Q&A with the Deputy Health Minister
Kerry Cullinan speaks to the Deputy Health Minister, Nozizwe Madlala-Routledge.
You have said that Toronto was an embarrassment.
Yes, Toronto was a catalyst. It was a turning point. It galvanised government to be on a new footing, particularly around streamlining of communication on our strategy and our plan and greater mobilisation of all partners. In particular there was recognition of the fact that we need one another. This atmosphere of perpetual conflict with civil society is not helping.
Do you have a new role?
It’s not an officially new, defined role. But certainly I have seen spaces being created for me which I appreciate because I think we all have something to bring. Yes, indeed, I have assisted in drafting some of the departmental statements, in particular the one on the call by the TAC to MPs to a people’s parliament. I think I’ve been given the space to support the improvement of relationships but also, as part of the DOH, I think I have an important role to contribute to the government’s new drive.
Who has created the space for you?
As chairperson of SANAC, the Deputy President has indicated that she is aware of my abilities and strengths and she’s drawn on these.
The new environment has given DoH new purpose. I have been most encouraged by the spirit that I feel with managers of the HIV programme. Managers are very enthusiastic and are challenging themselves all the time. I think they have understood the present mood of saying we must increase access. The Deputy President mentioned at the civil society congress the call for the strengthening of primary health care. This is supported by the departmet. Care must be taken down to clinic level. And I was very excited to hear from the managers that they are really looking at accelerating the plan. They are looking at weak points and one important thing is that they are opening up to partnerships. So that mood is really encouraging and we need to do more to support the managers.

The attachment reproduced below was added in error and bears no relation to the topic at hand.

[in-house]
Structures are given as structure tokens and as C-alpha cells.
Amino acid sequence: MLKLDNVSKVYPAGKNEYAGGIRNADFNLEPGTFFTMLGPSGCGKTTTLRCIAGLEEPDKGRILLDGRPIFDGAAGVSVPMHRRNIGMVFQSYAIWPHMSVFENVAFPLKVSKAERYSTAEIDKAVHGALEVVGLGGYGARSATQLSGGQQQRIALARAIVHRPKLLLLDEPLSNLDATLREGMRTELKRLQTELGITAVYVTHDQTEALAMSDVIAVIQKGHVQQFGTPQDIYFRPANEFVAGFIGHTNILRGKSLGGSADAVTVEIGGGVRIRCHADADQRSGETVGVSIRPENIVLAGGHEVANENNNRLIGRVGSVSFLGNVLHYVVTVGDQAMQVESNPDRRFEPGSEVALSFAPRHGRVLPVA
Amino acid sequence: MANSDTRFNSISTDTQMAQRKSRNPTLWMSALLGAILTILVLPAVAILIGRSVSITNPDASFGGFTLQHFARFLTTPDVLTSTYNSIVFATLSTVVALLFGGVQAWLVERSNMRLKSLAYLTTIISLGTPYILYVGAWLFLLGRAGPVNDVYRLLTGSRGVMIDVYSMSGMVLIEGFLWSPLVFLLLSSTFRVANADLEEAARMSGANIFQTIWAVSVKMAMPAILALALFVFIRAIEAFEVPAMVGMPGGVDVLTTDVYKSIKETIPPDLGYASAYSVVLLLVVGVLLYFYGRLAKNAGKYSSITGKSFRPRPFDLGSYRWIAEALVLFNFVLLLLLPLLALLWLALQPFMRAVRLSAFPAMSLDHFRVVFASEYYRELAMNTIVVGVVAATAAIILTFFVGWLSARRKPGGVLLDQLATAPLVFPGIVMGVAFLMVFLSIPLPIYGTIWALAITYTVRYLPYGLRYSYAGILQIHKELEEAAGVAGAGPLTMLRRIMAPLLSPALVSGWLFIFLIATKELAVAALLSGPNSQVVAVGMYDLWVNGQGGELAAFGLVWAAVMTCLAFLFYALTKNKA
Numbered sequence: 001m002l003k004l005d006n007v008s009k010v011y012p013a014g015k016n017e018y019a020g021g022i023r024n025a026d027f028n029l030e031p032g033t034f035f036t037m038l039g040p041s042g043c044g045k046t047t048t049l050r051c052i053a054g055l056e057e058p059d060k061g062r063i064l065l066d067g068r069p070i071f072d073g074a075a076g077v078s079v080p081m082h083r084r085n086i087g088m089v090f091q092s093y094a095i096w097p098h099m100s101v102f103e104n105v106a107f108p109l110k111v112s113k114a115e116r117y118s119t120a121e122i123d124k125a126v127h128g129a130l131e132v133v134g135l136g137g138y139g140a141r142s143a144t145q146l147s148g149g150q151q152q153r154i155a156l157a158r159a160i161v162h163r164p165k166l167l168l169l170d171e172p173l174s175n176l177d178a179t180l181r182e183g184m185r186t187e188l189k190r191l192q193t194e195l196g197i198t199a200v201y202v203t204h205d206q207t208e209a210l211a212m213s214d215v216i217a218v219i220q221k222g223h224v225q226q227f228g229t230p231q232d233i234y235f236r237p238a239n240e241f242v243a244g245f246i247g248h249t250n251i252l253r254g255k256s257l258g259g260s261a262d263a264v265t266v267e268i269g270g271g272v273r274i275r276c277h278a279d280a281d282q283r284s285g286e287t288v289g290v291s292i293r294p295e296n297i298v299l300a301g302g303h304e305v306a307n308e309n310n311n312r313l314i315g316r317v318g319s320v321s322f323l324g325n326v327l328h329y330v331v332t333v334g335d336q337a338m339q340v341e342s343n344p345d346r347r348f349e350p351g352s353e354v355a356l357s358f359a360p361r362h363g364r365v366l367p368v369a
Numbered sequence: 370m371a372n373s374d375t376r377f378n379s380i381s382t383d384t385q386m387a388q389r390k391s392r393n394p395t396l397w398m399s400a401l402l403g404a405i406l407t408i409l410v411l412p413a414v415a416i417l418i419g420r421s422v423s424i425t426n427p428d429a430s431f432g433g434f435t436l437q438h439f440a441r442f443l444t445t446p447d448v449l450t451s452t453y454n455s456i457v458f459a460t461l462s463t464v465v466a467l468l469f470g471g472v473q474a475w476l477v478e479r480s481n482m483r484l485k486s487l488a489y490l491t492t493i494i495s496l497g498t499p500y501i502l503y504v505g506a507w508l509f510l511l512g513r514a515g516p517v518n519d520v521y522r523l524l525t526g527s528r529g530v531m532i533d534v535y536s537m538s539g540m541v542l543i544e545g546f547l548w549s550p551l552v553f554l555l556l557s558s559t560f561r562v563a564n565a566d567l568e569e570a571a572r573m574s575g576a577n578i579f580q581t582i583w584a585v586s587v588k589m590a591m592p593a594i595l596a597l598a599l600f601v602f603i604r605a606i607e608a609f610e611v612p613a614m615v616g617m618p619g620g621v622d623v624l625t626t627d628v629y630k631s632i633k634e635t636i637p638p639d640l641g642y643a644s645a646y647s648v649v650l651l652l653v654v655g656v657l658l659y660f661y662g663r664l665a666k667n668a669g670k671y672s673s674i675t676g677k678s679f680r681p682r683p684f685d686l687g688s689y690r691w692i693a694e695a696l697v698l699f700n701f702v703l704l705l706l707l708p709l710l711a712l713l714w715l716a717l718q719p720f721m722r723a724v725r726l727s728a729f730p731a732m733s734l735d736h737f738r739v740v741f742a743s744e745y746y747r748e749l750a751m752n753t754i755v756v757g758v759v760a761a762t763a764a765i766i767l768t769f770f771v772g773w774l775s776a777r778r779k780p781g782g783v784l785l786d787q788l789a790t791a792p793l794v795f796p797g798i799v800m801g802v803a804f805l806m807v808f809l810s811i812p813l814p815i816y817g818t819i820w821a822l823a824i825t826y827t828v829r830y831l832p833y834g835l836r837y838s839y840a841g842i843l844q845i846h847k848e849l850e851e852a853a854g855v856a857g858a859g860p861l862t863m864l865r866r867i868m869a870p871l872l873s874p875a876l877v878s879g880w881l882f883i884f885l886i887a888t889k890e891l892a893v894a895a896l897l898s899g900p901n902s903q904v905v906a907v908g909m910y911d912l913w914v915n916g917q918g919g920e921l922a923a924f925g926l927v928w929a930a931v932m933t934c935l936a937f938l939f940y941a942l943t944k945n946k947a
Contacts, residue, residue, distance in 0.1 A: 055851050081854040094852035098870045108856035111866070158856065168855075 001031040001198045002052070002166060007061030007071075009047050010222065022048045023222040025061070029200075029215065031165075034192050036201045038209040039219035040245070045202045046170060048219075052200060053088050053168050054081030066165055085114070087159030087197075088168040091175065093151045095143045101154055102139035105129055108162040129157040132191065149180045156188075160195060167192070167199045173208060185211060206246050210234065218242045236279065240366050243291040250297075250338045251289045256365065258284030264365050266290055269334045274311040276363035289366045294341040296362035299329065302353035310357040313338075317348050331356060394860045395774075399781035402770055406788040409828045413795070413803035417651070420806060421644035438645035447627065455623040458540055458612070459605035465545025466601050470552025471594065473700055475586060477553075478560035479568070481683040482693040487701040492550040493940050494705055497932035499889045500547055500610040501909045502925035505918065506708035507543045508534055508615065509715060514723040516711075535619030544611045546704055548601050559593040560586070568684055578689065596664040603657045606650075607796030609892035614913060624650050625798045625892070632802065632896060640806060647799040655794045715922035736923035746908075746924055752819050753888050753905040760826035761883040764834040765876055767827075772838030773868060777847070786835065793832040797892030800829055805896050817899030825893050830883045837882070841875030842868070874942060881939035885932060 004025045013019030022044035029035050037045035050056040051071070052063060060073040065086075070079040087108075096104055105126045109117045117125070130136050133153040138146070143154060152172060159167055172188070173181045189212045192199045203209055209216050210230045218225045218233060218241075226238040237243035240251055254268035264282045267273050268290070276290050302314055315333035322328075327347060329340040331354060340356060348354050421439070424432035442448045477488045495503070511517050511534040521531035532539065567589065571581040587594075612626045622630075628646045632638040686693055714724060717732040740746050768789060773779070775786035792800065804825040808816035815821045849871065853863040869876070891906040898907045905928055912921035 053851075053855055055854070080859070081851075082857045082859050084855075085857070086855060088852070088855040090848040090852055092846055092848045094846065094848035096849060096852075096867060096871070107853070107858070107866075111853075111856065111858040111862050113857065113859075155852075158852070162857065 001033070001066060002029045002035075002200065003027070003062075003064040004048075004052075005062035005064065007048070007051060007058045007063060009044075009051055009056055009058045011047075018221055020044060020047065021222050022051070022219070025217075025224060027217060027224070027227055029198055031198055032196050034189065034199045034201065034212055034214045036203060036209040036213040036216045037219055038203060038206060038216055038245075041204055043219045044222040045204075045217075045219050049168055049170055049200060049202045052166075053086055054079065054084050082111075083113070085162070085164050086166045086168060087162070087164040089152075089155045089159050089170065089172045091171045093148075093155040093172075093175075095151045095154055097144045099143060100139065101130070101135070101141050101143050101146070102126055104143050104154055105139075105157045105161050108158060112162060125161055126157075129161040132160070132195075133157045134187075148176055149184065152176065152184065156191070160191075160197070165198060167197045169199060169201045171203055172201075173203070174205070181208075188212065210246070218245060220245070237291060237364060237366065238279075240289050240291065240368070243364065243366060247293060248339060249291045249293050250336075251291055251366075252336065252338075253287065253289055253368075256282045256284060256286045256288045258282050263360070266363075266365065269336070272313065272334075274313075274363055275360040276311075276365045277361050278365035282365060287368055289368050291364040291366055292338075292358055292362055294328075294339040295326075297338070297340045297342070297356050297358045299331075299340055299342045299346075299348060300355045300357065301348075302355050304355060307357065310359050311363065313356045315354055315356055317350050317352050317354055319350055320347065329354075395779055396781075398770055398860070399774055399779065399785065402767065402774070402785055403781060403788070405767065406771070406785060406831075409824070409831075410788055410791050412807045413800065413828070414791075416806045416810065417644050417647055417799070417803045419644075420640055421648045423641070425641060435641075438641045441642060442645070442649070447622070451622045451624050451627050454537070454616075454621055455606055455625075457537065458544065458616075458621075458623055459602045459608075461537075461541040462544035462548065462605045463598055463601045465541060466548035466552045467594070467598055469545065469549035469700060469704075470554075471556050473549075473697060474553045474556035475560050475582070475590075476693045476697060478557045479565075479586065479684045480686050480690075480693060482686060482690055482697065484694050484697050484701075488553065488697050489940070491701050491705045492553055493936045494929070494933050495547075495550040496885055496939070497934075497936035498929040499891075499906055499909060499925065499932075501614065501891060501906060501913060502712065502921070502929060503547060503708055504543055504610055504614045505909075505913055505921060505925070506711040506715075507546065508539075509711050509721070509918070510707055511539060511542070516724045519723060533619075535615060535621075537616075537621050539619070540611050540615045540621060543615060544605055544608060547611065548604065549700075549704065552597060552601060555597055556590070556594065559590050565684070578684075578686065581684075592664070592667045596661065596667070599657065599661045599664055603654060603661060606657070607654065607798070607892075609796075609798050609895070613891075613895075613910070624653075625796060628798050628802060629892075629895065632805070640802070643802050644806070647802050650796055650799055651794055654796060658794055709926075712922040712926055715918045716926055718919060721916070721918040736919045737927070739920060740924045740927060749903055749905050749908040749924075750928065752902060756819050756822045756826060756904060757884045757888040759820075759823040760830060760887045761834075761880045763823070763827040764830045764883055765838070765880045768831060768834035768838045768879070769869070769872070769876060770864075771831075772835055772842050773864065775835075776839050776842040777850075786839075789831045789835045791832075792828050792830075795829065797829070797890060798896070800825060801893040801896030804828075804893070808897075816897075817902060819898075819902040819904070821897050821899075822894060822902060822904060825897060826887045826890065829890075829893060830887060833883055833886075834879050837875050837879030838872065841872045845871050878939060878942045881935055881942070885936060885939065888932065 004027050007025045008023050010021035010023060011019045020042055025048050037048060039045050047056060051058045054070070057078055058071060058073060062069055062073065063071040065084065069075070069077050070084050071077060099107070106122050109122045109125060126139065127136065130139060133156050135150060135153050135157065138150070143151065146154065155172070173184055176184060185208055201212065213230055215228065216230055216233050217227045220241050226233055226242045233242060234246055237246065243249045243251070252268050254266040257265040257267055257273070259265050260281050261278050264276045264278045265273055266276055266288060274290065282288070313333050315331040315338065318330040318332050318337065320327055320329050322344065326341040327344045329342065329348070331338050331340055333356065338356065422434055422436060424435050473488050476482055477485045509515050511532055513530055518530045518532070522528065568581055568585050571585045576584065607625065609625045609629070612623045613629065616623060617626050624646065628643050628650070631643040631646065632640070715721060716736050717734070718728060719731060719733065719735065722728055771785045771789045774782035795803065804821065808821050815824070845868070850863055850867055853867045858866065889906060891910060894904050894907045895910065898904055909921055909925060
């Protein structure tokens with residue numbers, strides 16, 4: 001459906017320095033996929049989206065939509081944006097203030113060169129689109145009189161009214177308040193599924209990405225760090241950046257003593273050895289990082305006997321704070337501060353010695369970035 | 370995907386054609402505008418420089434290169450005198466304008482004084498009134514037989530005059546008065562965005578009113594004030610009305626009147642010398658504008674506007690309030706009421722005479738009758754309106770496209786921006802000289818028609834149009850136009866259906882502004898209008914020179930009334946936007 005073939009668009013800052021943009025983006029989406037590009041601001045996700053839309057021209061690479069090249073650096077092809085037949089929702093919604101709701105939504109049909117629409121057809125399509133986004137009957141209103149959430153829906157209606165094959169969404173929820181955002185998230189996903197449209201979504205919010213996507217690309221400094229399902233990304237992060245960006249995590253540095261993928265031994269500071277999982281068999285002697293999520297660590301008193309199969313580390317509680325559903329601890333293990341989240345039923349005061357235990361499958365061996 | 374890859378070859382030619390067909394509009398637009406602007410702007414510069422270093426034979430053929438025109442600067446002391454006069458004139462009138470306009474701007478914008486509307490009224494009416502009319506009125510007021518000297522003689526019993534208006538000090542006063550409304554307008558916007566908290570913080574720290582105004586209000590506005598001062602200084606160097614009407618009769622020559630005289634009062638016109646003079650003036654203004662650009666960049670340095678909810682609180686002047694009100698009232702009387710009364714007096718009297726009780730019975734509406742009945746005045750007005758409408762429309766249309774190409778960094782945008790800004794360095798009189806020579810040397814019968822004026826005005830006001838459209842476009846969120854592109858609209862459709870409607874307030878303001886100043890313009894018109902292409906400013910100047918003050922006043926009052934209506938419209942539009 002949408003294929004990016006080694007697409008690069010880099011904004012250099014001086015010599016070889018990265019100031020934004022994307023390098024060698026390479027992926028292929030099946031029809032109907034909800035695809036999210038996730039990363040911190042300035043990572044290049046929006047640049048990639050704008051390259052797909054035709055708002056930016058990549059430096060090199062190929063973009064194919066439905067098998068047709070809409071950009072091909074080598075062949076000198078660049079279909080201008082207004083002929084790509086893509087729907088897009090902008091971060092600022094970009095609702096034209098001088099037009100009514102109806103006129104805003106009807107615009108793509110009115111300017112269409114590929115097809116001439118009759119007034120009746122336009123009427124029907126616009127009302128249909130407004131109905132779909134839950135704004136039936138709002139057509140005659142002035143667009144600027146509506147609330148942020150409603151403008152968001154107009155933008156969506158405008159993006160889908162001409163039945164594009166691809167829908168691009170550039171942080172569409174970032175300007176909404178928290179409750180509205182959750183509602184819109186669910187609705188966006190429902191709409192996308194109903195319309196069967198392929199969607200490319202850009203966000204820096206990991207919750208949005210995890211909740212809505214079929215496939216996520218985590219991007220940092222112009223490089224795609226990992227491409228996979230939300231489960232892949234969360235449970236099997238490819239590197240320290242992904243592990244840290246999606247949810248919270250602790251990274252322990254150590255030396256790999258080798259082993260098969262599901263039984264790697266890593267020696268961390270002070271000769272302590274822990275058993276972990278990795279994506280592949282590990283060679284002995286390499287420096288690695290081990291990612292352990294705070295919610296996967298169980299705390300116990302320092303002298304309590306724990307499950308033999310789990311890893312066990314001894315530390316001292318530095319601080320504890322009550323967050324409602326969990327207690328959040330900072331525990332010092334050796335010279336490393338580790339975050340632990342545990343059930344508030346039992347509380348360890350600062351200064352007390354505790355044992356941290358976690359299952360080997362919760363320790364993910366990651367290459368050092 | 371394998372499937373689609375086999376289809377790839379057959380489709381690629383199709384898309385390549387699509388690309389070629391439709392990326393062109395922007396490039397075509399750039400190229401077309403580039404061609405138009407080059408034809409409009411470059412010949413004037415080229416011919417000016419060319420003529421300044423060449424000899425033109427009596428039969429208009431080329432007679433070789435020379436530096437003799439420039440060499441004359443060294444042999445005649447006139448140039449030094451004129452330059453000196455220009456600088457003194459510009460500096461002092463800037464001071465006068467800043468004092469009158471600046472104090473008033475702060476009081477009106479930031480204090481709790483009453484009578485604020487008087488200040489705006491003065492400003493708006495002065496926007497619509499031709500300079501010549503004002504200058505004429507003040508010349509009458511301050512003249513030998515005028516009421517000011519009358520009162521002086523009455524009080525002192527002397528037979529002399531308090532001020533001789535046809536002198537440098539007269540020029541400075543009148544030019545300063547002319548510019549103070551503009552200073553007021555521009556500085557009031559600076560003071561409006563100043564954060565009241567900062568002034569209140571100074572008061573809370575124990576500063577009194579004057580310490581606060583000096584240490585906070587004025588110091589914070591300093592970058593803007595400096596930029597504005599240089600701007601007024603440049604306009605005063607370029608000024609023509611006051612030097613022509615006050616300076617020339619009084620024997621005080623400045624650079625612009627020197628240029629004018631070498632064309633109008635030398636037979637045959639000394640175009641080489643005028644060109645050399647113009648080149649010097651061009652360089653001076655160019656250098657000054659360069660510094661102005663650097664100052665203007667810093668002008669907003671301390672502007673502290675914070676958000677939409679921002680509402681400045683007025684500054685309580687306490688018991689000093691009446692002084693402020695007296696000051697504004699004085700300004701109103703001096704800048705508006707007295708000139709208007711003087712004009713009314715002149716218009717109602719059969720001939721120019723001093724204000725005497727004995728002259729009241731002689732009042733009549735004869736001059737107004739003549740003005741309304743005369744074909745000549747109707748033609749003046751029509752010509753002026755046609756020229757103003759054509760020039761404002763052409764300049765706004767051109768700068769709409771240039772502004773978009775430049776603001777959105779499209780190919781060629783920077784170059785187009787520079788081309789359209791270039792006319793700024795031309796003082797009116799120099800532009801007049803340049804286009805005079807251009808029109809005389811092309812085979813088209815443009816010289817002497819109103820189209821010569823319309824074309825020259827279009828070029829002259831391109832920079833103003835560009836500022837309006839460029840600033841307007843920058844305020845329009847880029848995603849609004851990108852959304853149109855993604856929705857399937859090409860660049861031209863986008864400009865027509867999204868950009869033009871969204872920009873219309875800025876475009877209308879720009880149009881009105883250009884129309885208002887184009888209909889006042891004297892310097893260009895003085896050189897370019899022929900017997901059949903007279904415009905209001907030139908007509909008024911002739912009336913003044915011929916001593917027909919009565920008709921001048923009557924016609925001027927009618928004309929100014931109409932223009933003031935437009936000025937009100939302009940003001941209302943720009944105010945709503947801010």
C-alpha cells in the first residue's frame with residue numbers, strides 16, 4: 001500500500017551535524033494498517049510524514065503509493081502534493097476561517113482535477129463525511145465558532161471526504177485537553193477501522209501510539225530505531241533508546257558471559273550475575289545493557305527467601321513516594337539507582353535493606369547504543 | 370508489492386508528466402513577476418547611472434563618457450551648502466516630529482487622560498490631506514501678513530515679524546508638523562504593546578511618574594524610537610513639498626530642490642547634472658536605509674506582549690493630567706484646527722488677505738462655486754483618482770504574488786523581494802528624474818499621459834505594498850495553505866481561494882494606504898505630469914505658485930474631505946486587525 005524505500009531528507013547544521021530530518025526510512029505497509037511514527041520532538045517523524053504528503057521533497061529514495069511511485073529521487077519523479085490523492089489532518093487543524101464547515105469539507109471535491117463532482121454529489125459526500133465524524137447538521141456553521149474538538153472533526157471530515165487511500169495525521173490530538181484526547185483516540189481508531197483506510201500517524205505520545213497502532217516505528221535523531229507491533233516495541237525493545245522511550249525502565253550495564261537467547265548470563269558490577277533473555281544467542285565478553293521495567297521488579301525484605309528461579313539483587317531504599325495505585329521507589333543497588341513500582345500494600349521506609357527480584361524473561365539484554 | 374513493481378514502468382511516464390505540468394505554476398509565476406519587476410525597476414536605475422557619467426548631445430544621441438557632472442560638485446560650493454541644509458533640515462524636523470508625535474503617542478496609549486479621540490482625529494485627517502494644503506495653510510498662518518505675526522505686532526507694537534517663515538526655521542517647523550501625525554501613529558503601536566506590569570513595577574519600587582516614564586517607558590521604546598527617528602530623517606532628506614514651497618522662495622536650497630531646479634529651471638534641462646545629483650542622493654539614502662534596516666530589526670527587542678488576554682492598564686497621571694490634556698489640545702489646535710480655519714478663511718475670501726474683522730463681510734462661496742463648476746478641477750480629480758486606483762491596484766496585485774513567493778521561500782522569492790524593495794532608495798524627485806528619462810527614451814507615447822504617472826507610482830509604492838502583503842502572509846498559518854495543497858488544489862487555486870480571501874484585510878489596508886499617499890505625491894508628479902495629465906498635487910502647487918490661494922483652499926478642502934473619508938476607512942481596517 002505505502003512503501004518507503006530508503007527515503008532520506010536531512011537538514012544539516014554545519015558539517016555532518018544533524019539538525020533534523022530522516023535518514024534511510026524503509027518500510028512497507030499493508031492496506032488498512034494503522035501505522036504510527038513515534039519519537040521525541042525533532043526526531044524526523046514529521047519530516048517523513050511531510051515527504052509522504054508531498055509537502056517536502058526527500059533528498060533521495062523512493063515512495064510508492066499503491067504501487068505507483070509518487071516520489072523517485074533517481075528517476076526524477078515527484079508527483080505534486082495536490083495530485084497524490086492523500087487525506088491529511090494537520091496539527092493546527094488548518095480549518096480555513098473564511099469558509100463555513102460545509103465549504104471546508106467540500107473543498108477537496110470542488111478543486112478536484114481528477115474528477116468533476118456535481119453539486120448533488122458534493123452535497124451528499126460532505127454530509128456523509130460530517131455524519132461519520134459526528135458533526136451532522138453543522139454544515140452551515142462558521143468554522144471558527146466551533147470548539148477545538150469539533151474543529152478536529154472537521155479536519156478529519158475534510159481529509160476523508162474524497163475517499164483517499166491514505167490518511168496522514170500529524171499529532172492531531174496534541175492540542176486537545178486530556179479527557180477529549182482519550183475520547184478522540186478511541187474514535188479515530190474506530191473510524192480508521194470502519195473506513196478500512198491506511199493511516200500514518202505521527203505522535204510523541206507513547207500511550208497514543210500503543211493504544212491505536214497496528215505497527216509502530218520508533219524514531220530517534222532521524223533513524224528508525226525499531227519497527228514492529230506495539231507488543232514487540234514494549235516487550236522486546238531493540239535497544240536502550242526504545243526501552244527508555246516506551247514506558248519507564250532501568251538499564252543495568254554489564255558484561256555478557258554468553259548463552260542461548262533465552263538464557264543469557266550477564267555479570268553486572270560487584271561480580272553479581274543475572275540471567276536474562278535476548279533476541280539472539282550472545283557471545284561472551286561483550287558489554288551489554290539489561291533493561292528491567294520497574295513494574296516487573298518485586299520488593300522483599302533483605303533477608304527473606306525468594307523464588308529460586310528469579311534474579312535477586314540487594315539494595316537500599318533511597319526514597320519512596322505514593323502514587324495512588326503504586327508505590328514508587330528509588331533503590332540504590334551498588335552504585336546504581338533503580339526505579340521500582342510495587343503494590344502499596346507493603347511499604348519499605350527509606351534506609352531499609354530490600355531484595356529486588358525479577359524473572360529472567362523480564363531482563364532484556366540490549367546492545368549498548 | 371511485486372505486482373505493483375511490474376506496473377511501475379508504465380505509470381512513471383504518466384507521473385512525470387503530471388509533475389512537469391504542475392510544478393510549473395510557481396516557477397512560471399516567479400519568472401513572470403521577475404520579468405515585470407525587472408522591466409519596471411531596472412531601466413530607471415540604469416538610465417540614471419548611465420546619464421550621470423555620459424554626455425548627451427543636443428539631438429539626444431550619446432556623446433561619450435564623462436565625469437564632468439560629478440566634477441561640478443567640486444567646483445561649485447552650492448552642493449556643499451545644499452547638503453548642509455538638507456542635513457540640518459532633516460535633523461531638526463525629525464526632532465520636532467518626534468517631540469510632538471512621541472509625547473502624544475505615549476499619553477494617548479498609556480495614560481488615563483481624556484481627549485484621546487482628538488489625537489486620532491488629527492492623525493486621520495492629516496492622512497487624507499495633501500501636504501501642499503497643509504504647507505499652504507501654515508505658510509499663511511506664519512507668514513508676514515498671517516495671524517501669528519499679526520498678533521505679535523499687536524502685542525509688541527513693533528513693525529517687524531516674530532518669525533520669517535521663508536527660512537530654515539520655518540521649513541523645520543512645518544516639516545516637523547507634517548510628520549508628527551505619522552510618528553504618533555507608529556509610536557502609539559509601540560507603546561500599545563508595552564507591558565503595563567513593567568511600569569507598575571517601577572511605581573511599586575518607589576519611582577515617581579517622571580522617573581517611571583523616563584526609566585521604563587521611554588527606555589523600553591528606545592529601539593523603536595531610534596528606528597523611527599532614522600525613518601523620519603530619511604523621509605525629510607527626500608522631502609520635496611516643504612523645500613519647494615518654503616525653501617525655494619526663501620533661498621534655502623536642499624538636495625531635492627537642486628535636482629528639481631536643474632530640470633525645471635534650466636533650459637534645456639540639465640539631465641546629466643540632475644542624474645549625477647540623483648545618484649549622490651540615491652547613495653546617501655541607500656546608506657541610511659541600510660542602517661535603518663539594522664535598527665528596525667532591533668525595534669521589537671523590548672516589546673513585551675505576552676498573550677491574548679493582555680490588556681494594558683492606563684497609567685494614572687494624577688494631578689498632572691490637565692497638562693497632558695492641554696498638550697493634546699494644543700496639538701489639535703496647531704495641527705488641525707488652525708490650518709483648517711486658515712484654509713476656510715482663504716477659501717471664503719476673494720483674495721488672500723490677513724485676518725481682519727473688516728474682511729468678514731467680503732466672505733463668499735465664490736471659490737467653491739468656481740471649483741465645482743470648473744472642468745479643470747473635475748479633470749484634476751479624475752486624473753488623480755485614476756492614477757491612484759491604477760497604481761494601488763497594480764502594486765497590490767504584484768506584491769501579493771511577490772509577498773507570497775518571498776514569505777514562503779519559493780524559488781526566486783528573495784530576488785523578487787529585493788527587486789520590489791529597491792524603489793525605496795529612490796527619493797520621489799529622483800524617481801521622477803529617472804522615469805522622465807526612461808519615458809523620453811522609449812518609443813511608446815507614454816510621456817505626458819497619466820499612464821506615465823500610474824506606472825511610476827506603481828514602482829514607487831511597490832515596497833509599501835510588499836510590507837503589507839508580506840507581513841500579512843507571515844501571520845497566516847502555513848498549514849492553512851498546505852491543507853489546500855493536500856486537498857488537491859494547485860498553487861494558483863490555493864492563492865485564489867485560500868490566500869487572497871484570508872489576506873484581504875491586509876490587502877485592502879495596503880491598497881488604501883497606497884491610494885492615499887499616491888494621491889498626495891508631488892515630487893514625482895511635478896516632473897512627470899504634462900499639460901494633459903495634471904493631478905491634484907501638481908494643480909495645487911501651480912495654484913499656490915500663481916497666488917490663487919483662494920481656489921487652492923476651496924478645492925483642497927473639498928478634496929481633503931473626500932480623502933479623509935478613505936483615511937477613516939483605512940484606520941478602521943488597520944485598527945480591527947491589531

Where does the Health Minister stand in all of this?
The health minister has been ill but before she got ill, she was already participating in the Inter-Ministerial Committee (IMC) of AIDS. This is another important development. The IMC has been established with the Deputy President as chairperson. The DoH is still the lead department in terms of the govt programme on HIV and AIDS. But we are galvanising more and more departments.
In fact, it’s been a weakness in our strategy that we haven’t drawn on the huge resources and skills of other departments and created the impression that the reservoir of knowledge is in health.
So the Minister is part of the team. She’s political head of the DoH but there are more players participating at different levels. Having the Deputy President as chairperson of the partnership — SANAC — has also strengthened the new environment. She has experience and skill in negotiating in sometimes very difficult conditions but one special skill she has is of listening and making people feel we are taking them seriously and this is contributing to the new energy.
What are the immediate priorities? The TAC has said government must address the waiting list for people on ARVs.
The real work starts now. We must get the people off the [ARV] waiting list. There are just too many people waiting and when people come forward under the present conditions of stigma it is most discouraging when they must now wait in the queue; a long queue. Some of them have been told to come back next July. So that is the very immediate challenge.
But secondly I would say that in the interests of prevention and treatment, we need to encourage more and more people to test because the sooner a person knows their status, the sooner they seek help. The earlier they seek help, the more chance they will have of success.
We don’t have a national prevention campaign. Khomanani has been suspended. What is government doing to prevent new HIV infections?
The new strategic plan is focusing a lot in this areas because definitely the rate of new infections shows we need a more vibrant and effective prevention strategy. We are identifying the causes and determinants of new infections. Consider the high rate of sexual and gender-based violence in the country. This is more evident among the younger generation. Against this violence, the Abstain, Be Faithful, Use Condoms (ABC) is clearly not relevant in a situation where a person is being violated.
Social inequality is definitely also contributing where, for example, a woman is unable to negotiate safer sex. We have been talking about this but now the strategy must give us concrete actions that must be taken to address this matter.
There is the issue of economic inequality. Poverty is not always the reason why younger women are engaging in trans-generational sex, which is contributing. Younger women having sex with older men are predisposing themselves to infection. We find that it is not always because a person is poor. It is also peer pressure for materialistic possessions. The lifestyle in South Africa which promotes consumption leads young women into this kind of life.